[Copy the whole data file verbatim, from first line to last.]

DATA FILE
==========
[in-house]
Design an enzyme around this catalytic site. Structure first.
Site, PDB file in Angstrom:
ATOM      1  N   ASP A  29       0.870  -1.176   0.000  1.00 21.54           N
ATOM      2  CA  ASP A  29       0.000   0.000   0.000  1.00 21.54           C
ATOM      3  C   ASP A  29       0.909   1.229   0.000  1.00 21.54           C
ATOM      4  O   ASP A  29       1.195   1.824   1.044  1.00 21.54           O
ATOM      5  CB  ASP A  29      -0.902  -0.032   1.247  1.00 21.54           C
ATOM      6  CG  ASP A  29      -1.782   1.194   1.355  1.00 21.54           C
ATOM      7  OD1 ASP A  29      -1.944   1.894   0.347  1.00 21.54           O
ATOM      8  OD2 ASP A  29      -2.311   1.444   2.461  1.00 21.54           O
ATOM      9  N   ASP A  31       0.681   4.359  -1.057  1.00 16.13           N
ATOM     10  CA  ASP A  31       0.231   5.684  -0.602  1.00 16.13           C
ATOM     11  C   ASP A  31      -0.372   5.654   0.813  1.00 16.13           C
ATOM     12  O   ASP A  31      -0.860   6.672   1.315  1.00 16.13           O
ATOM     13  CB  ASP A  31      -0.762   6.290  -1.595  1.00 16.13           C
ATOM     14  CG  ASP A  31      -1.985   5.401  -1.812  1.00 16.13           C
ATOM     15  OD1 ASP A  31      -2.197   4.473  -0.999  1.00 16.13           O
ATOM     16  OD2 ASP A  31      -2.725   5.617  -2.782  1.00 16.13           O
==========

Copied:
[in-house]
Design an enzyme around this catalytic site. Structure first.
Site, PDB file in Angstrom:
ATOM      1  N   ASP A  29       0.870  -1.176   0.000  1.00 21.54           N
ATOM      2  CA  ASP A  29       0.000   0.000   0.000  1.00 21.54           C
ATOM      3  C   ASP A  29       0.909   1.229   0.000  1.00 21.54           C
ATOM      4  O   ASP A  29       1.195   1.824   1.044  1.00 21.54           O
ATOM      5  CB  ASP A  29      -0.902  -0.032   1.247  1.00 21.54           C
ATOM      6  CG  ASP A  29      -1.782   1.194   1.355  1.00 21.54           C
ATOM      7  OD1 ASP A  29      -1.944   1.894   0.347  1.00 21.54           O
ATOM      8  OD2 ASP A  29      -2.311   1.444   2.461  1.00 21.54           O
ATOM      9  N   ASP A  31       0.681   4.359  -1.057  1.00 16.13           N
ATOM     10  CA  ASP A  31       0.231   5.684  -0.602  1.00 16.13           C
ATOM     11  C   ASP A  31      -0.372   5.654   0.813  1.00 16.13           C
ATOM     12  O   ASP A  31      -0.860   6.672   1.315  1.00 16.13           O
ATOM     13  CB  ASP A  31      -0.762   6.290  -1.595  1.00 16.13           C
ATOM     14  CG  ASP A  31      -1.985   5.401  -1.812  1.00 16.13           C
ATOM     15  OD1 ASP A  31      -2.197   4.473  -0.999  1.00 16.13           O
ATOM     16  OD2 ASP A  31      -2.725   5.617  -2.782  1.00 16.13           O